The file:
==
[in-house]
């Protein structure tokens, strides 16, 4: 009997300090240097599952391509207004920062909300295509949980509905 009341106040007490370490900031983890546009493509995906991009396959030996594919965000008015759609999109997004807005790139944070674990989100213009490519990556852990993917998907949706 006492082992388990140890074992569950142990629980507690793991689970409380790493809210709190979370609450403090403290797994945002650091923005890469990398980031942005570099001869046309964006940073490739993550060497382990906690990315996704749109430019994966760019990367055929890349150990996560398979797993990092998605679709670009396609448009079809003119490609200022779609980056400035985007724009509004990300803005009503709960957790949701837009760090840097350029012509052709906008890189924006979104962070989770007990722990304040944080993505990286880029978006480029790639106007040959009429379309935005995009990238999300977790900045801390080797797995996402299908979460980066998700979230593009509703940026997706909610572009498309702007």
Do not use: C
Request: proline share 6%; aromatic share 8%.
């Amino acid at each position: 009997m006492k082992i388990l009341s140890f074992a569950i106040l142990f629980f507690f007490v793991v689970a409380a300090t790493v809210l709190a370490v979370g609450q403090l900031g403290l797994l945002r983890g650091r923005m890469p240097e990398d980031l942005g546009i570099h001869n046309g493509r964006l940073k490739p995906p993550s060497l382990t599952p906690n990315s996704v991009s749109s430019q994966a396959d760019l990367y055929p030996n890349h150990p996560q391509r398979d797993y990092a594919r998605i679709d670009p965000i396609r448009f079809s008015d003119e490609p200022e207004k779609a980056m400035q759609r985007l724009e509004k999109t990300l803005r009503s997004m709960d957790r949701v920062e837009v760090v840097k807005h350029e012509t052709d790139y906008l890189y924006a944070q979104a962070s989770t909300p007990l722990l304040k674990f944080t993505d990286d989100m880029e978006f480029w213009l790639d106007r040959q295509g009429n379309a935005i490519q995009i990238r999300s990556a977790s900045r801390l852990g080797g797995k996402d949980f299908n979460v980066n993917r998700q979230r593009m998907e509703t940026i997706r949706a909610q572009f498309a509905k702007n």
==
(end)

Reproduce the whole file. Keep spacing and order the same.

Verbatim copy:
[in-house]
């Protein structure tokens, strides 16, 4: 009997300090240097599952391509207004920062909300295509949980509905 009341106040007490370490900031983890546009493509995906991009396959030996594919965000008015759609999109997004807005790139944070674990989100213009490519990556852990993917998907949706 006492082992388990140890074992569950142990629980507690793991689970409380790493809210709190979370609450403090403290797994945002650091923005890469990398980031942005570099001869046309964006940073490739993550060497382990906690990315996704749109430019994966760019990367055929890349150990996560398979797993990092998605679709670009396609448009079809003119490609200022779609980056400035985007724009509004990300803005009503709960957790949701837009760090840097350029012509052709906008890189924006979104962070989770007990722990304040944080993505990286880029978006480029790639106007040959009429379309935005995009990238999300977790900045801390080797797995996402299908979460980066998700979230593009509703940026997706909610572009498309702007």
Do not use: C
Request: proline share 6%; aromatic share 8%.
């Amino acid at each position: 009997m006492k082992i388990l009341s140890f074992a569950i106040l142990f629980f507690f007490v793991v689970a409380a300090t790493v809210l709190a370490v979370g609450q403090l900031g403290l797994l945002r983890g650091r923005m890469p240097e990398d980031l942005g546009i570099h001869n046309g493509r964006l940073k490739p995906p993550s060497l382990t599952p906690n990315s996704v991009s749109s430019q994966a396959d760019l990367y055929p030996n890349h150990p996560q391509r398979d797993y990092a594919r998605i679709d670009p965000i396609r448009f079809s008015d003119e490609p200022e207004k779609a980056m400035q759609r985007l724009e509004k999109t990300l803005r009503s997004m709960d957790r949701v920062e837009v760090v840097k807005h350029e012509t052709d790139y906008l890189y924006a944070q979104a962070s989770t909300p007990l722990l304040k674990f944080t993505d990286d989100m880029e978006f480029w213009l790639d106007r040959q295509g009429n379309a935005i490519q995009i990238r999300s990556a977790s900045r801390l852990g080797g797995k996402d949980f299908n979460v980066n993917r998700q979230r593009m998907e509703t940026i997706r949706a909610q572009f498309a509905k702007n």